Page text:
Diamonds Education

Color Grading Scale: How a Diamond’s Color Affects its Value

To determine the quality and value of a loose diamond, each of the “four Cs”—cut, color, clarity, and carat weight—is individually evaluated by an expert gemologist. Each of these characteristics has a significant impact on the overall appearance of the stone.

In the fine jewelry industry, the designation of a loose diamond’s color is actually used to refer to the presence or absence of color in the stone. An ideal diamond is colorless and pure white, although these are extremely rare and typically very expensive. Most stones are colored with a slight yellow or brown tint. Diamonds with some amount of color can be attractively set in a classic yellow gold band, while near-colorless stones usually look best when mounted in a white gold or platinum setting.

The less amount of color in a diamond, the more desirable and valuable it is. An exception to this rule is the “fancy diamond,” a term used to describe a stone with a naturally occurring tint, such as pink, blue, green, black, champagne, or (most rarely) red. With fancy diamonds, darker, more intense colorations increase their beauty and value.

The GIA (Gemological Institute of America) uses a very precise color grading scale to evaluate loose diamonds:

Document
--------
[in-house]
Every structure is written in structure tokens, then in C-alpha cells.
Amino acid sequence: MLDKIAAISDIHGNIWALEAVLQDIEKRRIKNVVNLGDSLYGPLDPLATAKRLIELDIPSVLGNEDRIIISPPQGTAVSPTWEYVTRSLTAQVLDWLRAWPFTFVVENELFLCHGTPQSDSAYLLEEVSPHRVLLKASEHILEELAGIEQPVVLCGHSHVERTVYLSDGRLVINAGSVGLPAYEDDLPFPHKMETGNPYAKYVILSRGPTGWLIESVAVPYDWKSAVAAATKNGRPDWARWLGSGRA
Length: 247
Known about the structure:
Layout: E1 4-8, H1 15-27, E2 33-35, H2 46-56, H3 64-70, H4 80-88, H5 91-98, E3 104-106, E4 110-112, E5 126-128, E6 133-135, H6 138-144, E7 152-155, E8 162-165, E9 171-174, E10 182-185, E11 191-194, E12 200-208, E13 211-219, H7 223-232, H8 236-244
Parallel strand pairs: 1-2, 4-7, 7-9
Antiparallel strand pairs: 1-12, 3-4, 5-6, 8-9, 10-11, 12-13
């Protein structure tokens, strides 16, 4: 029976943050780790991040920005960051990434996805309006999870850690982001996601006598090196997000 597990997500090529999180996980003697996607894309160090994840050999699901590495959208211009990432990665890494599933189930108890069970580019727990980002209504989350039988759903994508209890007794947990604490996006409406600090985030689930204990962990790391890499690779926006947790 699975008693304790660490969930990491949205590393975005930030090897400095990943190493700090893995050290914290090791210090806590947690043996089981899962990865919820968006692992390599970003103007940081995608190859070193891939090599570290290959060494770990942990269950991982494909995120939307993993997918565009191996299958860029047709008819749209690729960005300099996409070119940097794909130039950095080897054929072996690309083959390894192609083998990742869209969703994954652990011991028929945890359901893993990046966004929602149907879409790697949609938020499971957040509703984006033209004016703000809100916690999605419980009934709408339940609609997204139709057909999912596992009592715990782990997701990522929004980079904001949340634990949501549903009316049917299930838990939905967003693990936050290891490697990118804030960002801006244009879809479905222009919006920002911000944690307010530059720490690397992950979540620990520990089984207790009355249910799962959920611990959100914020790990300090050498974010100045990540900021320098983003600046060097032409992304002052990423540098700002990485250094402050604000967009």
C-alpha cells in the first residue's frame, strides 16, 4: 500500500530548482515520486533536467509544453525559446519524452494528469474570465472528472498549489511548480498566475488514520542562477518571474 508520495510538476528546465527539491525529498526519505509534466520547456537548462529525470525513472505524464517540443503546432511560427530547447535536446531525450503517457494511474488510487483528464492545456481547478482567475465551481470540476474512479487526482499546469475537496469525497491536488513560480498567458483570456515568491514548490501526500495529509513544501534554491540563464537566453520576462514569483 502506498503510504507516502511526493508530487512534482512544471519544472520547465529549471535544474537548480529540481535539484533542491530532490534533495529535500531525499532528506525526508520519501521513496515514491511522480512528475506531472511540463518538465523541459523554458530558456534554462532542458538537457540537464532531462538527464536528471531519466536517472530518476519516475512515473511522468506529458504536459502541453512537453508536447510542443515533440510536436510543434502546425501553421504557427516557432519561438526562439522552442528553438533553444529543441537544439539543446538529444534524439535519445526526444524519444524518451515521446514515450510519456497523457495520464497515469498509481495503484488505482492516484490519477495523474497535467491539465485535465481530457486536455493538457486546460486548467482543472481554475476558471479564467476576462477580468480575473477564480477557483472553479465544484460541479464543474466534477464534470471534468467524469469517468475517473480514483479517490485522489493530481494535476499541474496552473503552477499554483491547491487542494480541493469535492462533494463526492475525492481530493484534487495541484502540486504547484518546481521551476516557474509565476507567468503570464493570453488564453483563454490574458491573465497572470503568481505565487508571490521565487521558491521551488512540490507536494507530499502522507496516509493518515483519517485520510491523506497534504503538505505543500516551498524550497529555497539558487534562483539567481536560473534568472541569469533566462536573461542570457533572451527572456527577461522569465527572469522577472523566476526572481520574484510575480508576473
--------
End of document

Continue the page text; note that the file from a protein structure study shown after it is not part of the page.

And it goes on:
D, E, F: These high color grades indicate diamonds that appear colorless to the naked eye.

G, H, I: Also a high grade, these near-colorless diamonds appear white to the naked eye, but include very trace amounts of yellow when viewed under magnification.

J, K, L: These grades may appear colorless to the consumer, but a trained jeweler will be able to distinguish a slight yellow tint.

M, N, O: These grades indicate a light yellow tint, which can usually be detected by the untrained eye.

P, Q, R, S, T, U, V, W, X, Z: These grades are used to indicate stones with a darker yellow tint.

At Brilliance, we offer only premier certified loose diamonds rated “M” and above. Each of our certified diamonds is appraised by an expert gemologist, arriving with a document detailing its quality characteristics and overall value. For more information about diamond color, visit our Diamond Education section.